Quitting your job can be a tricky thing to navigate – whether you’re moving on from a job you love or a place you can’t wait to leave behind.
Charlotte Davies, a career expert at LinkedIn, said: ‘Resigning is rarely a stress-free experience, especially in times of economic uncertainty.
‘Leaving your workplace with dignity and your head held high is important for all of us, so how you resign is crucial and can make all the difference.’
No matter how you cut it, there are certain social and professional protocols that are wise to follow.
If you want to resign in a way that does right by you and your soon-to-be-former employer, the team at LinkedIn have shared some things to keep in mind.
Don’t burn bridges
Yes, some reasons for leaving a job will be more painful than others. But if you can help it, it pays to keep things as positive as possible – especially if you’re looking to stay working in the same industry.
The LinkedIn team recommend making sure you ‘express your appreciation for the opportunities you were given, the experiences you had and/or the relationships you built in the role.
‘Even if you’re completely changing careers, it’s a small world, so you never know when you might come across your current employer or colleagues again.’
It’s (usually) always better to end on a high.
Take advantage of an exit interview
Your exit interview is an important opportunity to make yourself heard – that includes any problems you may have experienced during your time at this job.
As such, it’s worth making use of this interview.
The team’s advice is: ‘The manager holding your exit interview will likely be taking the points you make into consideration, to support potential changes in the workplace and help to make things better for your colleagues in the future.’
Be open about why you’re resigning
Being open about why you’re leaving will likely prove a relief for you, and a decent employer will appreciate your honesty.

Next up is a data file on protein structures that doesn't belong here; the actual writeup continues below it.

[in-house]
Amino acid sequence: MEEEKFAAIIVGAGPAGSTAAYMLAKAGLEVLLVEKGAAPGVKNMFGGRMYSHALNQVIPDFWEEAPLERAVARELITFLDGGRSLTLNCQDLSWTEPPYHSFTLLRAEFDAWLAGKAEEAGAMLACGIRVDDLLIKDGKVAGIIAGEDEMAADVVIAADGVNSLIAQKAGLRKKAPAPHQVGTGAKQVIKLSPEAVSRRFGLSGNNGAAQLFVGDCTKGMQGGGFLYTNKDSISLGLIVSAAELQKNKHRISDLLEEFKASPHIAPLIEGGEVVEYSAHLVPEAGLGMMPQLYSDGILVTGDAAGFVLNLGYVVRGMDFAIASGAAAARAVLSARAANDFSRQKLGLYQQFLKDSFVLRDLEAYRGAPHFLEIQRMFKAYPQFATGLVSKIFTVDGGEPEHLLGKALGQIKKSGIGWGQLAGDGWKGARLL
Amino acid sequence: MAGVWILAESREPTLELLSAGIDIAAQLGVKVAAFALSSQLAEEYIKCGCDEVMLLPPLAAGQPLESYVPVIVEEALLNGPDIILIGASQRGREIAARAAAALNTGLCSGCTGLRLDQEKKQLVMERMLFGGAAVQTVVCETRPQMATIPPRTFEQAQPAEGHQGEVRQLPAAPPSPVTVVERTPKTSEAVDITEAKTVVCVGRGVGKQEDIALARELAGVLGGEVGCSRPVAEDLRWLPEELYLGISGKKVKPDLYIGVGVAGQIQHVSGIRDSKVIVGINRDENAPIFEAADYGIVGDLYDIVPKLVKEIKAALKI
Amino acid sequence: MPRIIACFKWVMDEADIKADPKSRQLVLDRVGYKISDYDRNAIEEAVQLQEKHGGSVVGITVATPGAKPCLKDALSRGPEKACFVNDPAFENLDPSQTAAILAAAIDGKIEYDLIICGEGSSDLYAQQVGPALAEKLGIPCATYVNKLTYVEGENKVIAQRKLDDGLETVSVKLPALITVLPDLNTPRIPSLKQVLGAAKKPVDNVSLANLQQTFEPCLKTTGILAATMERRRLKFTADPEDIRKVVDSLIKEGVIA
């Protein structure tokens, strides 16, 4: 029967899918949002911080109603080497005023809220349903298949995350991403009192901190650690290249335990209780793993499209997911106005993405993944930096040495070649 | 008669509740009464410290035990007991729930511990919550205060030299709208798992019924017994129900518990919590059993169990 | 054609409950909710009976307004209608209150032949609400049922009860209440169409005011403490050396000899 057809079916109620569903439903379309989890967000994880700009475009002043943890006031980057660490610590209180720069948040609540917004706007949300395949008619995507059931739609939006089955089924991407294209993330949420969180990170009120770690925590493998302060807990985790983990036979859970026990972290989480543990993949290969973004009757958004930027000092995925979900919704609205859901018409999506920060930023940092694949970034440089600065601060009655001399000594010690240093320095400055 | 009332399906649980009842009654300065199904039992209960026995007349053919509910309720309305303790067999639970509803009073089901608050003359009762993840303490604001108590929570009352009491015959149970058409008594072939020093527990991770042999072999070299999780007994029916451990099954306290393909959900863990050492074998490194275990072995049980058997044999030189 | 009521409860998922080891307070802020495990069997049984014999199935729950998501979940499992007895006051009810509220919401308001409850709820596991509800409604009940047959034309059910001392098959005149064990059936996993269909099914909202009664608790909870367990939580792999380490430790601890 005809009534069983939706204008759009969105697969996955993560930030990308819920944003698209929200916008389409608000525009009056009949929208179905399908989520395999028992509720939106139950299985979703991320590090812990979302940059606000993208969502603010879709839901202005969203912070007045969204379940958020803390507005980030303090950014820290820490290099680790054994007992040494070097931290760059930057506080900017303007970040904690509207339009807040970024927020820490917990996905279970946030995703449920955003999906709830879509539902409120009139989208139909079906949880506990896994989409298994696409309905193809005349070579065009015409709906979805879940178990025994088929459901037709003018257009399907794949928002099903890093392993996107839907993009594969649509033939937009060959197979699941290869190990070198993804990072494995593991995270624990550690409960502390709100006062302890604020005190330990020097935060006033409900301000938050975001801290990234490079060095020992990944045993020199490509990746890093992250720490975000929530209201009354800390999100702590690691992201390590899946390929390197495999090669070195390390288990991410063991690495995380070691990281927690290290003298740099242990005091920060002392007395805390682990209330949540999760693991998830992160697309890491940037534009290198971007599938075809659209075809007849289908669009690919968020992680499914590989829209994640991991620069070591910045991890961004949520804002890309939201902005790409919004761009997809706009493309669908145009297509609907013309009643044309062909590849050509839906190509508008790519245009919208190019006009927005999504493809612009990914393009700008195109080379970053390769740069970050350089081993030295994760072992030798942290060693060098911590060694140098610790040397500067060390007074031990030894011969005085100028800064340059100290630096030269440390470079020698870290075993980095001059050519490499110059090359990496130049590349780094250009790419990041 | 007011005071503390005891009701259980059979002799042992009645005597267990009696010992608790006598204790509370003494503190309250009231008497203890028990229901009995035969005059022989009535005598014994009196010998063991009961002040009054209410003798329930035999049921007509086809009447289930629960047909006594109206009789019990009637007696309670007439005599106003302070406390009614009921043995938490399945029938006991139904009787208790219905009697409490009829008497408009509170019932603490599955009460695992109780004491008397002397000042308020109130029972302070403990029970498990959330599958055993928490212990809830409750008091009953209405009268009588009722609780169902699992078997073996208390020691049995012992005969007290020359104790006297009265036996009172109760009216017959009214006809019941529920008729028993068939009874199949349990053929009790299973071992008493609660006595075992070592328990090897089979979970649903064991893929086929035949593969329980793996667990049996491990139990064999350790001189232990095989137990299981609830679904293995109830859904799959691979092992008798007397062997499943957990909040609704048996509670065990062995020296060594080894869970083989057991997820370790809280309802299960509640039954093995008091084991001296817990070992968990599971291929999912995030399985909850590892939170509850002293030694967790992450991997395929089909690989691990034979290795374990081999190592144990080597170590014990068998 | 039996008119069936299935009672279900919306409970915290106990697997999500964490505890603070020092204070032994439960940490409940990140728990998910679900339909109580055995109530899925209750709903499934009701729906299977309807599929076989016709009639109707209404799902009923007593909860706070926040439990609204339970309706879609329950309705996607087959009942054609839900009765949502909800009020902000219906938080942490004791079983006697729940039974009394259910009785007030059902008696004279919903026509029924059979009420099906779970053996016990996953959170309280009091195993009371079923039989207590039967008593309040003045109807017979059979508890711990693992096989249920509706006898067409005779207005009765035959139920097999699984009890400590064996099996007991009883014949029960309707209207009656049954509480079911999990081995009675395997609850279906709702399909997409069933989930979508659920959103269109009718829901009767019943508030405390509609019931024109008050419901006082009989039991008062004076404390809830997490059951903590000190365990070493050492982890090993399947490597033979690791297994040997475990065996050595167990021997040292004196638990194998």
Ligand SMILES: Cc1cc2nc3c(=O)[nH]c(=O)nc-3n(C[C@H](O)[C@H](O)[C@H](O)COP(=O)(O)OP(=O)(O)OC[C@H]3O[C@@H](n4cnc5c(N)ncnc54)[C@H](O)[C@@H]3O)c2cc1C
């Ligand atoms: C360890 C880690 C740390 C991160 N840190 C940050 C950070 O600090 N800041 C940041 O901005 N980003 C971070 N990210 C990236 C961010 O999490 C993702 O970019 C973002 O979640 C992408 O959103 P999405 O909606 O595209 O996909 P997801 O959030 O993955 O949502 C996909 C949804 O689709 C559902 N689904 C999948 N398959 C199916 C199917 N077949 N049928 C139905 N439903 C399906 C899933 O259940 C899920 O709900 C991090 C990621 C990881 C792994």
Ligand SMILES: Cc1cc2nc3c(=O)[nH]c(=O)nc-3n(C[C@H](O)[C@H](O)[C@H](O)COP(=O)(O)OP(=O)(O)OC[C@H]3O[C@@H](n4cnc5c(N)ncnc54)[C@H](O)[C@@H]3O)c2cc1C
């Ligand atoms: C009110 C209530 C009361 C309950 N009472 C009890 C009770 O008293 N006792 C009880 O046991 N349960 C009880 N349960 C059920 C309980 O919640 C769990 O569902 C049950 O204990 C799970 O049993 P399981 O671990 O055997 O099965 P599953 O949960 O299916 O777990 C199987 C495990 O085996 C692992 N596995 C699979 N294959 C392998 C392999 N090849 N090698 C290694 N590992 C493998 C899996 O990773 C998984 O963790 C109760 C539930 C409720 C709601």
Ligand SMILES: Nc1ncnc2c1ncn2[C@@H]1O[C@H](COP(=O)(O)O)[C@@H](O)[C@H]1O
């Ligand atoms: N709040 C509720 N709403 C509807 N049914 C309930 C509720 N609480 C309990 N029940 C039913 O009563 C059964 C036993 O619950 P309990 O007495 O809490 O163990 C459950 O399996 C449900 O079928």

The team add: ‘Whether it’s simply an irresistible opportunity for personal growth that’s come along or something they haven’t quite done right to keep you happy – as it could inspire some change to prevent others leaving for the same reason.
‘It’s also important to be clear about how definitive your decision is. Giving a clear indicator that your mind is made up will help avoid any further conversations around counter offers, which only prolongs the process and has the potential to become awkward.’
Work up until the end
It’s hard to keep that motivation up when you have one foot out the door, but try not to phone it in during your notice period.
Remember, there are still people who depend on you to get the job done during the time you have left there, and forcing them to pick up the slack wouldn’t be fair.
It also wouldn’t do well to leave them with a bad final impression of you.
Use your network
When it comes to preparing for greener pastures, there’s plenty you can learn from your connections.
‘People get new jobs and move on to new things every day, so don’t feel like you have to navigate resigning on your own,’ the team say.
‘You’re likely to find that those in your network will have plenty of advice when it comes to resigning the right way, so make sure to reach out to get their guidance and tips if you’re thinking of resigning.’
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